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Artikel

Access_open Een vergeten episode uit de schoolstrijd: de ontdekking van ‘openbaar’ en ‘bijzonder’ onderwijs

Tijdschrift Tijdschrift voor Religie, Recht en Beleid, Aflevering 3 2013
Trefwoorden openbaar onderwijs, bijzonder onderwijs, schoolstrijd, Grondwet, vrijheid van onderwijs/ onderwijsvrijheid
Auteurs Sophie van Bijsterveld
SamenvattingAuteursinformatie

    The battle over the school system is one of the liveliest chapters in Dutch constitutional history. It resulted, in 1848, in the constitutional acknowledgement of a dual system of education: education provided by public authority (‘public education’) and private education (practically synonymous with confessional education); and, in 1917, in the constitutional guarantee of public funding for the latter on the same footing as the former.
    The battle over the school system is usually described as a battle for freedom of private, confessional education from the start. This article shows that prior to this, in the first stage of this battle, the concept of ‘private education’ itself had to be invented and that the concept of ‘public education’ had to develop a different meaning. Public education, the notion used in the Constitutions of 1814 and 1815, originally meant education in schools in contrast to house education. It was this broad concept of education that was entrusted to the care of government and, therefore, not free. This article focuses on the first half of the 19th century. On the basis of original sources it traces the fascinating process of the birth of these new categories, that determine the Dutch education system up to now.


Sophie van Bijsterveld
Prof. dr. S.C. van Bijsterveld is bijzonder hoogleraar Religie, rechtsstaat en samenleving aan de Universiteit van Tilburg en redactielid van het Tijdschrift voor Religie, Recht en Beleid. s.c.vbijsterveld@uvt.nl.
Artikel

Access_open De staat als ‘neutral organiser of religions’?

Een analyse van de rechtspraak van het Europees Hof voor de Rechten van de Mens (I)

Tijdschrift Tijdschrift voor Religie, Recht en Beleid, Aflevering 1 2013
Trefwoorden religie, godsdienstvrijheid, EVRM, secularisme, neutraliteit, Europees Hof voor de rechten van de mens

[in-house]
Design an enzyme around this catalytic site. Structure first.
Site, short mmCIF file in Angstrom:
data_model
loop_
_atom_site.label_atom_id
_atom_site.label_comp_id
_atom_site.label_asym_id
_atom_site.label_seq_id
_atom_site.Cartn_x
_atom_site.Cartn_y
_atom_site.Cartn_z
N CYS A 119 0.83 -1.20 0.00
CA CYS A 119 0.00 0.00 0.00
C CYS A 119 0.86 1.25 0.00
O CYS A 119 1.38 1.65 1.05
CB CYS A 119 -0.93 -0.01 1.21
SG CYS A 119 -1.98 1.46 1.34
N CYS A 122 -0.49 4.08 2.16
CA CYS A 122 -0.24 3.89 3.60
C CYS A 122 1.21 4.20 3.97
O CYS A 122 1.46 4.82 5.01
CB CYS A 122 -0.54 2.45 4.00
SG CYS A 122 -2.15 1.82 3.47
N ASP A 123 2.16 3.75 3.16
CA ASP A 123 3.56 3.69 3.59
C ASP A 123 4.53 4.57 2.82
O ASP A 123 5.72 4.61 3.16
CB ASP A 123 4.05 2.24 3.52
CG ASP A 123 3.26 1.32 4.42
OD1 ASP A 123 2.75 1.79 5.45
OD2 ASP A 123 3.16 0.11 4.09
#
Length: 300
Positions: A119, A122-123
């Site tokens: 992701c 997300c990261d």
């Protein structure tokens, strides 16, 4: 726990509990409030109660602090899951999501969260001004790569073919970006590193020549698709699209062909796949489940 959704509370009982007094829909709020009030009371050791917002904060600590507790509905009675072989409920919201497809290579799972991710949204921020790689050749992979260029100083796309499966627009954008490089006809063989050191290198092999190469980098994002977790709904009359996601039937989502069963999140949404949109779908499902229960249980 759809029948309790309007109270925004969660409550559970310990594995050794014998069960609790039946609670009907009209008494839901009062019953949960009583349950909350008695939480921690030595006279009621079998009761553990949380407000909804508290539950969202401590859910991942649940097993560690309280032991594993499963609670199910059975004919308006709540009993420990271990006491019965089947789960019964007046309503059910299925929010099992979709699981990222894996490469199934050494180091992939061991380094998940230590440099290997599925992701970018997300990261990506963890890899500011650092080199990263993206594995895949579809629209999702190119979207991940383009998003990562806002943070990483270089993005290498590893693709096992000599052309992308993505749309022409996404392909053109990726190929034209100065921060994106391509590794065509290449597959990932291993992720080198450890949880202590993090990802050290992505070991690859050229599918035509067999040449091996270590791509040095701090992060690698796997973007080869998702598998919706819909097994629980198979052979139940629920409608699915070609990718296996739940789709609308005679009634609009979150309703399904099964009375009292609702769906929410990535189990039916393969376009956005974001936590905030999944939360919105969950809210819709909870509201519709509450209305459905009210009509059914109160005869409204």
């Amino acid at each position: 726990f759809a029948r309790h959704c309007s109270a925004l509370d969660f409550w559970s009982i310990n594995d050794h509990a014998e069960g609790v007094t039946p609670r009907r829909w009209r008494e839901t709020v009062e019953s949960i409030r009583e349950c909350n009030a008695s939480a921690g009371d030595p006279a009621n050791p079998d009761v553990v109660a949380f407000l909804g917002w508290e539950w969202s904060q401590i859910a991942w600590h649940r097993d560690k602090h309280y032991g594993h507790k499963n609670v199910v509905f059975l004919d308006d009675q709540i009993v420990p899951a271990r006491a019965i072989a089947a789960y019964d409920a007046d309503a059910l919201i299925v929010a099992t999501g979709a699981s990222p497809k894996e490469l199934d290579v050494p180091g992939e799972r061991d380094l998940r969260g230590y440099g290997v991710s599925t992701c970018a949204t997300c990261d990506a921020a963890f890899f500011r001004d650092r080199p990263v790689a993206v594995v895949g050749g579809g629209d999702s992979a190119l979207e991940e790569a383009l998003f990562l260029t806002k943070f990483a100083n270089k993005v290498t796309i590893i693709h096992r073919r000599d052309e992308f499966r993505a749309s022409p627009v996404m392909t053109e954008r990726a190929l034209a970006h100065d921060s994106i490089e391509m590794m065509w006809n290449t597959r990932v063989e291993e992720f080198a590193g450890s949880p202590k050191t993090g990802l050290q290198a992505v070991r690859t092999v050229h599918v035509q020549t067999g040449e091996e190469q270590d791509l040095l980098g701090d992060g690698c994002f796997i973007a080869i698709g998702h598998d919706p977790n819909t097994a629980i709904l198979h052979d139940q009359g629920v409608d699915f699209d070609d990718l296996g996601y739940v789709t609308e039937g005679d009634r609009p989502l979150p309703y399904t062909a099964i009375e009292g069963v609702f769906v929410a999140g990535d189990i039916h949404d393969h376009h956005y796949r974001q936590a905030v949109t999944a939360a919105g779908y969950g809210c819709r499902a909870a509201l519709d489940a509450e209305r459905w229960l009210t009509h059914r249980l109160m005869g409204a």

Auteurs Sophie van Bijsterveld
SamenvattingAuteursinformatie

    Since 2001 the European Court of Human Rights (ECtHR) regularly applies the normative characterization of the state as a ‘neutral and impartial organiser of religions’ in its cases. This qualification has no explicit basis in the European Convention on Human Rights (ECHR). Where does it come from, how does the ECtHR understand this, in which type of cases does the ECtHR use it and with which result? This essay analyses the use of this qualification by the ECtHR and aims to provide an answer to these questions. It asserts that the qualification of the state as ‘neutral and impartial organiser of religions’ is an inadequate standard and examines wether it may harbor other normative dimensions that are important in the relation between state and religion. After introducing the first case in which the ECtHR used this qualification, the first part deals with cases concerning conflicts within and between churches, equal treatment of religious groups in multi-tiered church and state systems, and pupils in public schools wearing religious garb. The second part will appear in the next issue of this Journal and continues with an analysis of cases concerning the place of religion in education, and various alleged interferences of religious liberty. It concludes with a reflection on the use by the ECtHR of the qualification of the state as ‘neutral and impartial organizer of religious’.